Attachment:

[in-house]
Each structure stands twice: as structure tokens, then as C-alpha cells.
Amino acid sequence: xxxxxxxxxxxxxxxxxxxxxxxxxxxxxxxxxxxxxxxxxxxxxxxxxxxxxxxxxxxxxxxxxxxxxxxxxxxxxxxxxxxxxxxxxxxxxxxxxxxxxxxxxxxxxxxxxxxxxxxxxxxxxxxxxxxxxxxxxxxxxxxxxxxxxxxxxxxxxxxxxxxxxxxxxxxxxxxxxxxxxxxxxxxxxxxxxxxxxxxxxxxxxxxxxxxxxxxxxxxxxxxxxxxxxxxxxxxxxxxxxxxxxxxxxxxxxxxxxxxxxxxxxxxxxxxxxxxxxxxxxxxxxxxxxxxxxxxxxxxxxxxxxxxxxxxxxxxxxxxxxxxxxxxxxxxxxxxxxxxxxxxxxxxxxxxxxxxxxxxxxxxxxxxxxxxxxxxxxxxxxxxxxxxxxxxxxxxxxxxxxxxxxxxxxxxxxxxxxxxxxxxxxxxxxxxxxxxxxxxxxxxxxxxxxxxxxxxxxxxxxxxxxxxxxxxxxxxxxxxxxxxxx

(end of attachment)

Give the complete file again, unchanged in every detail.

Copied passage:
[in-house]
Each structure stands twice: as structure tokens, then as C-alpha cells.
Amino acid sequence: xxxxxxxxxxxxxxxxxxxxxxxxxxxxxxxxxxxxxxxxxxxxxxxxxxxxxxxxxxxxxxxxxxxxxxxxxxxxxxxxxxxxxxxxxxxxxxxxxxxxxxxxxxxxxxxxxxxxxxxxxxxxxxxxxxxxxxxxxxxxxxxxxxxxxxxxxxxxxxxxxxxxxxxxxxxxxxxxxxxxxxxxxxxxxxxxxxxxxxxxxxxxxxxxxxxxxxxxxxxxxxxxxxxxxxxxxxxxxxxxxxxxxxxxxxxxxxxxxxxxxxxxxxxxxxxxxxxxxxxxxxxxxxxxxxxxxxxxxxxxxxxxxxxxxxxxxxxxxxxxxxxxxxxxxxxxxxxxxxxxxxxxxxxxxxxxxxxxxxxxxxxxxxxxxxxxxxxxxxxxxxxxxxxxxxxxxxxxxxxxxxxxxxxxxxxxxxxxxxxxxxxxxxxxxxxxxxxxxxxxxxxxxxxxxxxxxxxxxxxxxxxxxxxxxxxxxxxxxxxxxxxxx